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Philosophers on why be moral Michael Lacewing

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1 Philosophers on why be moral Michael Lacewing

2 Hobbes on contract Morality is product of a contract, which it is rational for each of us to agree to Because it is in my self- interest (egoism) Morality as means to end, given by egoism This is also ‘rational’: it is rational to do what benefits oneself

3 The moral contract Better not to be harmed by others – hence constraints on others’ behaviour; but better not to be constrained Solution: agree to constraints given that others agree; not best for me, but best I can get Better to trust and co-operate; agreement to be moral generates trust

4 The ‘free rider’ problem In a situation of trust, if everyone else is acting morally, it is even better to act self- interestedly – at least if you can get away with it. But how can I trust others to keep the contract? Morality is collectively in everyone’s self- interest, but it is in each person’s self- interest to break the agreement – knowing this, we won’t trust each other!

5 Plato on self-interest Would it be bad for you to get away with being immoral? Yes: the soul has ‘parts’ that can be in conflict, e.g. desire v. reason –Desires do not consider what is good for us; when desires control us, we cannot recognise what is good Only when reason is in charge is inner conflict avoided –We recognise what is morally right and want to do it –We are happier

6 Self-interest and morality Can we say what is in our self-interest without referring to morality? –E.g. cheating - might make you feel happy at the time, but you don’t gain what is of real value (‘achievement’) Self-interest is getting what is truly valuable –But some values are moral values - so morality precedes self-interest, and can’t be defined as a means to self-interest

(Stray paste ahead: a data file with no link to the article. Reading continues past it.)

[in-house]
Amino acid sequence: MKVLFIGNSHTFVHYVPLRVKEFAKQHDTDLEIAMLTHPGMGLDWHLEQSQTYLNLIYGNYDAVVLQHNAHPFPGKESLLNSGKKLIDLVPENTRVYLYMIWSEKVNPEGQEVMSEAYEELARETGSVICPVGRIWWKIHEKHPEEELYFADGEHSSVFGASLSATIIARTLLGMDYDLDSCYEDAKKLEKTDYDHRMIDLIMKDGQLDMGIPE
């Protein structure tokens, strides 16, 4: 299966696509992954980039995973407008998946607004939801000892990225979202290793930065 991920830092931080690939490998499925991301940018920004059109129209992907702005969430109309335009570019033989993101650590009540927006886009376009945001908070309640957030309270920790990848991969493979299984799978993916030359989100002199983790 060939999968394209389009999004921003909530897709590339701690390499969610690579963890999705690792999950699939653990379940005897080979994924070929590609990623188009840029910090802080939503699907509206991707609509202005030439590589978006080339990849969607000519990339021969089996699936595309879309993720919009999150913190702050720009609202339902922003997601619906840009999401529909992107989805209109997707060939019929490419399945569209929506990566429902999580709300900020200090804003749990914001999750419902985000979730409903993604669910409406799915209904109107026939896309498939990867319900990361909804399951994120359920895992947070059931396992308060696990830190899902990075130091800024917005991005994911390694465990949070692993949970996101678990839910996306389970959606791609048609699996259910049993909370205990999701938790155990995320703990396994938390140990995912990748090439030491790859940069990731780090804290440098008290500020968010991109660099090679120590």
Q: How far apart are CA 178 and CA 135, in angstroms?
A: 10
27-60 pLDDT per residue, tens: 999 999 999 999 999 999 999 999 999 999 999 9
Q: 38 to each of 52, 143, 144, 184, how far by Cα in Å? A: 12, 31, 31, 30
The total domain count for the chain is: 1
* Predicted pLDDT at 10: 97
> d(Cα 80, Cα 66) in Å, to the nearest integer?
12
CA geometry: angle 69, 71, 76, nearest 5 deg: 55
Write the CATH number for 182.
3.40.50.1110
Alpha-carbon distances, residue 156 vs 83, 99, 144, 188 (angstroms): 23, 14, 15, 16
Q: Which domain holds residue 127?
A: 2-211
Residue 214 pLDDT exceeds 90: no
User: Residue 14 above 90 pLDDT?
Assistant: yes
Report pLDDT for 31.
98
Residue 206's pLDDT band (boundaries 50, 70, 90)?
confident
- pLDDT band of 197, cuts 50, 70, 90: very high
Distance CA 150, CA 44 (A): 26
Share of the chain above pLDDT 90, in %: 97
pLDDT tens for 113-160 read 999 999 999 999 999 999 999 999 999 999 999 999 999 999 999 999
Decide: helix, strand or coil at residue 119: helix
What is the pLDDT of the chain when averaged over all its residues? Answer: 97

7 Objections to Plato Plato shows that we must be prudent, but not that prudence is the same as morality. –He assumes that reason will lead us to act morally – but this is what we are questioning. Is happiness the absence of inner conflict?

8 Kant on reason Being moral because it benefits me doesn’t explain the importance of morality. Morality is the same for everyone. Therefore, to act morally is to act in a way everyone can act. This can be worked out using reason alone, independent of desires. –Why be moral? Because it is the same as being rational.

9 Hume on sympathy It is not irrational to do what not everyone can do. Reason only works out how to get what we want (means-end reasoning). Morality is based on sympathy, which is a natural human motivation. –We are moral because we care. So it would be inconsistent with your own desires to act immorally. –If you really don’t care about other people, you are probably a sociopath.

10 More on sympathy This doesn’t mean that morality is subjective. –You might not care the ‘right’ amount: ‘in order to pave the way for [sympathy], and give a proper discernment of its object, it is often necessary, we find, that much reasoning should precede’. Someone who is immoral is not always irrational – but we can still criticise them for being immoral.

11 Aristotle on ‘flourishing’ We all aim at living the best life we can. But what this is depends on what we are. Human beings are capable of reason. So living well is living in accordance with reason. Our character is important here - to be virtuous is to have desires and emotions that are ‘reasonable’.

12 Virtue As we are social, we need to consider what counts as the most appropriate response to living with others. E.g. anger; to feel it ‘at the right times, with reference to the right objects, towards the right people, with the right motive, and in the right way’ The moral life is the life that is best for us.

13 Development The best life for you involves recognising other people’s value, and treating them accordingly. Failing to be motivated by other people’s rights or needs means not having the right relationship with them. Morality is not distinct from self-interest - a good person does not think that being moral is no good for them.

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